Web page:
But I don’t like endings. Sometimes I do, don’t get me wrong, after this last winter, I think I heard all of Eastern Iowa sigh with relief when the temps got above 30 and stayed there for a week. So I celebrated, I celebrated Spring, I am still celebrating but sometimes endings are hard and Jesus is not shy of that, in our text about Lazarus, also is one of my favorite lines in scripture it is John 11:35 and that verse simply says, “Jesus wept.”

The verse continues with, “ The Jews said, “See how he loved him!” He goes on to bring him back to life. Lazarus again walks and lives. When I did some job-shadowing, thinking about chaplaincy, years ago now, I recall being at the V.A. And having one of the chaplains tell me of a certain patient, “yeah we refer to that guy as ole Lazarus, cuz we were sure he was a goner, but he made a full recovery and is getting discharged soon,” the chaplain told me. Can you imagine? In modern day, we might tip our hat at the medical staff or science which has brought us the tools to pro-long life but in the text between Jesus and Lazarus, we see pure miracle.

If we really think about it though, even medicine is a form of a miracle. Medical staff had to reach certain conclusions and then test them. They had to clear their heads and focus and maybe just maybe they were silent enough to receive inspiration, from the universe, from God, from their research notes, but there it was, penicillin emerged. Fatal diseases went from destroying the lives of many to being able to be prevented entirely or treated easily. I don’t know what’s next for medicine, I don’t know what’s next for God’s church but I do believe the world we live in reminds us constantly that every ending is a beginning.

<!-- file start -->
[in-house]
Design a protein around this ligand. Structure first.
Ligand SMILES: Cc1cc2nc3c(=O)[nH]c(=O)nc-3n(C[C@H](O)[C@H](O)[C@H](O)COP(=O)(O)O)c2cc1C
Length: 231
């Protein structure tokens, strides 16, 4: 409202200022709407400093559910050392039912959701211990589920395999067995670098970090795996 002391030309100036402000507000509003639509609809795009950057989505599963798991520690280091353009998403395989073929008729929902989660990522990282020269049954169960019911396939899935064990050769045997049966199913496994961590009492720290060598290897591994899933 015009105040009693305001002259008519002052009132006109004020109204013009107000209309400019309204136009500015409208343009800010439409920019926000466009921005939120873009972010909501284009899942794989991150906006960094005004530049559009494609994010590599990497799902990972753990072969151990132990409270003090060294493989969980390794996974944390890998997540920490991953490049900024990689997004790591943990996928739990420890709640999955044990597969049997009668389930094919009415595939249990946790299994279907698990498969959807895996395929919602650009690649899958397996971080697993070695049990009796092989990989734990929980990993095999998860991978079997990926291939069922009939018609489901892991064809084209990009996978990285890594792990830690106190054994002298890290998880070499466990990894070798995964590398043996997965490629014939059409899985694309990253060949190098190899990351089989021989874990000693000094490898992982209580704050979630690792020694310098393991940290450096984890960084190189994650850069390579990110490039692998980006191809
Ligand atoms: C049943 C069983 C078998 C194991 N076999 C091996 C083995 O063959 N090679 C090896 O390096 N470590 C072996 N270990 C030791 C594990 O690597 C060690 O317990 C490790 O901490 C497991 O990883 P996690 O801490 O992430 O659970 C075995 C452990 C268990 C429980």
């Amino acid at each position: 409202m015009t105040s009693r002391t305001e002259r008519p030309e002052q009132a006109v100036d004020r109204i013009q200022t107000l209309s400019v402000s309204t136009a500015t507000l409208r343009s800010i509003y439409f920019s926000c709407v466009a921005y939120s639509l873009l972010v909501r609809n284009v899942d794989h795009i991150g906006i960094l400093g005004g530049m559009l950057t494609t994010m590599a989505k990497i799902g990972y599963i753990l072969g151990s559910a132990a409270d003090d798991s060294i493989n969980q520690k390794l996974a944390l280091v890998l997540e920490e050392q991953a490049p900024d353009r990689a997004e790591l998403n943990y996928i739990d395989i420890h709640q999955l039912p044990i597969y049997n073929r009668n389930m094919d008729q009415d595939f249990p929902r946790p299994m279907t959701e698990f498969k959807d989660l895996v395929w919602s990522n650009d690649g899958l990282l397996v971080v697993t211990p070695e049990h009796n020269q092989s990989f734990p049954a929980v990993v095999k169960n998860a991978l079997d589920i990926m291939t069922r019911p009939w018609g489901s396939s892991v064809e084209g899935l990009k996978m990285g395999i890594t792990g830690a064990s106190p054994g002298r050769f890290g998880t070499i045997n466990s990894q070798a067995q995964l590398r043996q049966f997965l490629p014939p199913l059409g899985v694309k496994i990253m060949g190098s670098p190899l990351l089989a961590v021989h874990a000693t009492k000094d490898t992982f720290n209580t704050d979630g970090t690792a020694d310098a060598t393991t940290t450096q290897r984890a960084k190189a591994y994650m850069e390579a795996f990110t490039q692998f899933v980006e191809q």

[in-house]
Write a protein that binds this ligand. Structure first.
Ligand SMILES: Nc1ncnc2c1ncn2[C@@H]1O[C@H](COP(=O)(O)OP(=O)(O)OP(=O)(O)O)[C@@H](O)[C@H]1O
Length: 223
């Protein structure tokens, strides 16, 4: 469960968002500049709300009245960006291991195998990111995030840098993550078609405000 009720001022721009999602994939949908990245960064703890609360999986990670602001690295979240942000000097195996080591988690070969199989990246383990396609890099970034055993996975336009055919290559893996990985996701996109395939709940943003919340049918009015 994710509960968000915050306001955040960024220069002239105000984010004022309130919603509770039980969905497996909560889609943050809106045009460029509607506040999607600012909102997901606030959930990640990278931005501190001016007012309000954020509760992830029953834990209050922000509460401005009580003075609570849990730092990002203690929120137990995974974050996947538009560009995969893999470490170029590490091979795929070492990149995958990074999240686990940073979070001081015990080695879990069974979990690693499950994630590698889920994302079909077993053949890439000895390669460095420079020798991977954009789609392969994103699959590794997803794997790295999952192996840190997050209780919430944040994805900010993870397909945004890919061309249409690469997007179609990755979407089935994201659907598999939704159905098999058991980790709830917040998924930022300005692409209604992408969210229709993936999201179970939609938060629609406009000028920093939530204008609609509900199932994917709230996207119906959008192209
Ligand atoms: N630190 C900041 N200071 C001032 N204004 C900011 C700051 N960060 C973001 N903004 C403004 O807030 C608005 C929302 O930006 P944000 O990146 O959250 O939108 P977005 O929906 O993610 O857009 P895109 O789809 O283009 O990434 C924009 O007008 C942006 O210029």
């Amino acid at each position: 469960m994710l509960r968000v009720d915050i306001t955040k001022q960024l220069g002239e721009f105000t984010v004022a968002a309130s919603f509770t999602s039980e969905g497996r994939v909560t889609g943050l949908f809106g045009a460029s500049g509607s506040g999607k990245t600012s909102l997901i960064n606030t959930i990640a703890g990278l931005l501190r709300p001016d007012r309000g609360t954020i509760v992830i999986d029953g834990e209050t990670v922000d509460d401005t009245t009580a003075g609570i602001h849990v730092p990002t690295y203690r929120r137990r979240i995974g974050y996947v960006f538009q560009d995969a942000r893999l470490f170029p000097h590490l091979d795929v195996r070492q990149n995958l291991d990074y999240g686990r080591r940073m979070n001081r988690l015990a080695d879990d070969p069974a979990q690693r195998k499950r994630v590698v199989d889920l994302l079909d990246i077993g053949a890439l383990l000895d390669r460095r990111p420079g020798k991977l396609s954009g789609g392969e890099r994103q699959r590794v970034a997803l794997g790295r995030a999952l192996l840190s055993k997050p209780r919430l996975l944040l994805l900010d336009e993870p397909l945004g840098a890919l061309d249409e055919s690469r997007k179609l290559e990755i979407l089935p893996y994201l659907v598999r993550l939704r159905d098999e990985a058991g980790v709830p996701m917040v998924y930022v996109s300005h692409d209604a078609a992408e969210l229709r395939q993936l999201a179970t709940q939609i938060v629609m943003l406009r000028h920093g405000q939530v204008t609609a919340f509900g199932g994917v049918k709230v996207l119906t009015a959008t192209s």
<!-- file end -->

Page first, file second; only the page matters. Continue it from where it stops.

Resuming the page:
What is ending for you? More importantly what is beginning? This is where the spiritual gift of wisdom and vision can both enable us to have hope and rest in our faith that God is a God who is, constantly, wonderously, breathing life into dry bones, restoring life to Lazarus and us.

I know I said I thought about introducing you all to Quaker worship and since I still can’t think of a way to end this sermon, I suggest we all would partake in a shortened version of Quaker silence. Briefly. before we do so, I want to say thank you all for everything. Thank you for being a place of both ending and beginning for me but mostly I am thankful to God, who knows what to do, even when we don’t, who brings life where we’re sure there is only death and is always moving us and directing our path, I am so thankful our paths got to cross this year.

Switching gears back to silent worship. If anyone feels that God’s Spirit is leading you to speak, sing, remain silent or read scripture, please do so. Quakers traditionally have known that they have felt what they call a “leading” to speak when they feel a natural urge to rise and speak or share something with the meeting, even if we all stay silent, that is okay too. Speaking or silent, I want you all to join me in resting in God’s ever present, presence.